For most people, extending their house at roof level (by building a dormer or mansard) can be done using permitted development rights.
However, not all houses have permitted development rights and flats don’t have any permitted development rights at all.
Those homeowners need to apply for planning permission for their extensions and are often frustrated to find planning permission refused.
Councils dislike larger roof extensions. Most have guidance limiting the size of dormers to half or two-thirds of the roof. Almost all rule out front and side dormers and many have a real dislike of any crown roofs, mansards and any kind of extension that increases the ridge height.
So what to do? If refused planning permission, it is important to consider an appeal. We have written before about how some roof extensions only really get through at appeal (check out this post for example).
In December, we won three appeals for dormer and mansard roof extensions in just three days.
The first was an L-shaped mansard roof extension to a flat in Lambeth. The council didn’t like it, but the inspector pointed out that the development was well designed and to the rear where it would not be seen from the street.
The second was a mansard roof extension to a Victorian terraced house in Bromley, next to some locally listed buildings. This extension was very much visible from the street (it created a whole extra floor), but was traditionally designed and, the inspector decided, would fit in well with a diverse and eclectic streetscene.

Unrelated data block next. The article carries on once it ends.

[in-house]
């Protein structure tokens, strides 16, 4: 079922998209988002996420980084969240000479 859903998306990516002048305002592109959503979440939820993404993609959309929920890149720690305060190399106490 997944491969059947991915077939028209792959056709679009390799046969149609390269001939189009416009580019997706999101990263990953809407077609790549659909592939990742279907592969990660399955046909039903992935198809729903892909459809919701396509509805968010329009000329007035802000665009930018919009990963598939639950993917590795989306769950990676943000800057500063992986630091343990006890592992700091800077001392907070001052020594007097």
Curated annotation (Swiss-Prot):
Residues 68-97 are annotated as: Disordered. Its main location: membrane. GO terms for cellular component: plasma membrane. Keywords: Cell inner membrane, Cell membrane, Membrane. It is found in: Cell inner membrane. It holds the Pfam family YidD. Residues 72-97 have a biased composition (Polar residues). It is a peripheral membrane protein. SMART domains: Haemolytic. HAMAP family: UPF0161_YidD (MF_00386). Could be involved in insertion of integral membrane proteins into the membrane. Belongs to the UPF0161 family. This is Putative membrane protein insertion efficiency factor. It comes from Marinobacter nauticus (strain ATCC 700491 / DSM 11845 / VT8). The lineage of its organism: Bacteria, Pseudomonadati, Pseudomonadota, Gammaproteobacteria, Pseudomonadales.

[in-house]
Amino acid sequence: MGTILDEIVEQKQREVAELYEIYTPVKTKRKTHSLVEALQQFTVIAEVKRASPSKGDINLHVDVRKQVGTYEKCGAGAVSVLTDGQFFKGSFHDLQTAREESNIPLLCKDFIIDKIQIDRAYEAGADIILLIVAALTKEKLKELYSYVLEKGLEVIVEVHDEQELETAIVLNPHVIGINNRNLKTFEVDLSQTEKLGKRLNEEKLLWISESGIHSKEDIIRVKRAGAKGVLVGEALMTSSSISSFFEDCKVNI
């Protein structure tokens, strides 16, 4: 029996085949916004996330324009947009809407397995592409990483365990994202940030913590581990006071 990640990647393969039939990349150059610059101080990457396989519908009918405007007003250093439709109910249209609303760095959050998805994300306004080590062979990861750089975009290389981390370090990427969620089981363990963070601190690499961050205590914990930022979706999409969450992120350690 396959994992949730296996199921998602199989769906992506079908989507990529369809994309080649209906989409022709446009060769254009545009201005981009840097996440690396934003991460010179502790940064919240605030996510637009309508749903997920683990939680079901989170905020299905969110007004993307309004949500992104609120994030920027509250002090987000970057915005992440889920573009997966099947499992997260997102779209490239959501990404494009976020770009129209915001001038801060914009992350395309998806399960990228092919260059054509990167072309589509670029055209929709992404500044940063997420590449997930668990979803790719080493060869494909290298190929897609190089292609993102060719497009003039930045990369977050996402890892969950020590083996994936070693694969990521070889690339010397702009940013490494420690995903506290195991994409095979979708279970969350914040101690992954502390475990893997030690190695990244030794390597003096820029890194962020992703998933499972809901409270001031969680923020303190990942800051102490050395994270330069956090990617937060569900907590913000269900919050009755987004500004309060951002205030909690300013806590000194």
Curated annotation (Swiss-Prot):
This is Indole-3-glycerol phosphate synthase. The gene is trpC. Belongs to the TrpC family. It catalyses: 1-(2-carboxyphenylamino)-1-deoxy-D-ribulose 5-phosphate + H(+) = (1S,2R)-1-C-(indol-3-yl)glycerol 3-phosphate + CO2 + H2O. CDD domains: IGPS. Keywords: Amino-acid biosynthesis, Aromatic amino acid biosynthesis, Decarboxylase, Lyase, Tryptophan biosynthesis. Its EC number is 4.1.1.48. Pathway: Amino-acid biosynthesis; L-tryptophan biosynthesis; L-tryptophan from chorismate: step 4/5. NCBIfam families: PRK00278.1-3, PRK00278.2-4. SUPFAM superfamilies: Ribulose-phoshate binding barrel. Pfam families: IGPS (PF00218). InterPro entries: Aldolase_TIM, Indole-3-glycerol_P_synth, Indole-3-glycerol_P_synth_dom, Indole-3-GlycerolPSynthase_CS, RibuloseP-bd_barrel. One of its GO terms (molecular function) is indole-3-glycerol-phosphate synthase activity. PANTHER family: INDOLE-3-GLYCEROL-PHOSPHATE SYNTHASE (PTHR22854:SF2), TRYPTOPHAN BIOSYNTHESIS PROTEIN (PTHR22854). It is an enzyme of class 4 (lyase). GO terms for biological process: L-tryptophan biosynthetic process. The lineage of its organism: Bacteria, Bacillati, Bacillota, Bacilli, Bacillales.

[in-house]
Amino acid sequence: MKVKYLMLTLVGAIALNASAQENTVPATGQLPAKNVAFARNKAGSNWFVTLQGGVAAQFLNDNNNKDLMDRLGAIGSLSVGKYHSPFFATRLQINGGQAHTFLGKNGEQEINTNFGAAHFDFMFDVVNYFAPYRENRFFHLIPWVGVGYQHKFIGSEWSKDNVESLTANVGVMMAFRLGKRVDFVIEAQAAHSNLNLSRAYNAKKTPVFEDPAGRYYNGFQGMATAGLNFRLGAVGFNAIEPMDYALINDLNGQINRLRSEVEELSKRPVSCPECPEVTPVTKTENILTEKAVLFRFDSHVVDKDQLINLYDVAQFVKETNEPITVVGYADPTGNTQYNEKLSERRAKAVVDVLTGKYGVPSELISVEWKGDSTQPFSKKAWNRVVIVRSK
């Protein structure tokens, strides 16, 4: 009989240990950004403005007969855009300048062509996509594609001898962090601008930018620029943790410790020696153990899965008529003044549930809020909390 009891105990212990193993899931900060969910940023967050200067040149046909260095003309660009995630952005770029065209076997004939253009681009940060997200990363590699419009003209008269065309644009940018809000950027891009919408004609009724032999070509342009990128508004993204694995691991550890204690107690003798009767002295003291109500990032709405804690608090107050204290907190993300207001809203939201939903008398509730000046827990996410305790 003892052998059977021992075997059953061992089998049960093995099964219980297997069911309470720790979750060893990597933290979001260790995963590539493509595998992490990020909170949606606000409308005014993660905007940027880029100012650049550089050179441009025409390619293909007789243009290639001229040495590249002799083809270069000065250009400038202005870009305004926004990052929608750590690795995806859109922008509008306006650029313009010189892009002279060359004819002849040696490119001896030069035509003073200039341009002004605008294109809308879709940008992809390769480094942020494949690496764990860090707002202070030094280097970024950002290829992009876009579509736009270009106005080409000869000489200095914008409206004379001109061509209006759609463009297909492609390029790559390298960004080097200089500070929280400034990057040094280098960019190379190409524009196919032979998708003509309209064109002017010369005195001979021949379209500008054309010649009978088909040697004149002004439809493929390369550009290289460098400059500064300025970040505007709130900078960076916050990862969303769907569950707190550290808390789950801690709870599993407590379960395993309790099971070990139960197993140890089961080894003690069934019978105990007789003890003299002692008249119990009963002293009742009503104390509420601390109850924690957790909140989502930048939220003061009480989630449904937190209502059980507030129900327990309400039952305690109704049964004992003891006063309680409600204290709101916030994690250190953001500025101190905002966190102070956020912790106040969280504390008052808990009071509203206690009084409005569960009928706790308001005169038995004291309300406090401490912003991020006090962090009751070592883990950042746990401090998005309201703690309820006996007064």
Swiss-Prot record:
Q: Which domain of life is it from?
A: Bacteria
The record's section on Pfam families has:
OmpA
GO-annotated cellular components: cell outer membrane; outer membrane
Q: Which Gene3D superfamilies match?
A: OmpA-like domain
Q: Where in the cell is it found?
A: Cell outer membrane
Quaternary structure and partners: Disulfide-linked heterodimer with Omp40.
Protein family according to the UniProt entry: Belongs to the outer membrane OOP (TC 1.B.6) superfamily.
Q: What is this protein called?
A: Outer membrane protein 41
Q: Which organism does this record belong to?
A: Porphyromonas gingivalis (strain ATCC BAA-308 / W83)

Finally, in the most satisfying victory of the three, an inspector granted permission for a rear box dormer to a converted flat in a semi-detached house in Enfield. Absurdly, the council had refused permission even though the two houses to either side had exactly the same extensions.
In the past, we have found it difficult to get roof extensions past appeal inspectors, but in recent years our success rate has improved dramatically. Inspectors seem to appreciate that large dormers and mansards are now ubiquitous and an established part of our urban environment. They don’t necessarily look out of place and councils should not cleave so rigidly to their guidance (which is often now seriously out of date).
If you have been refused permission for any kind of roof extensions, contact our chartered town planners for help and advice. We are householder planning appeal specialists – no one knows more about how to get planning permission for extensions 🙂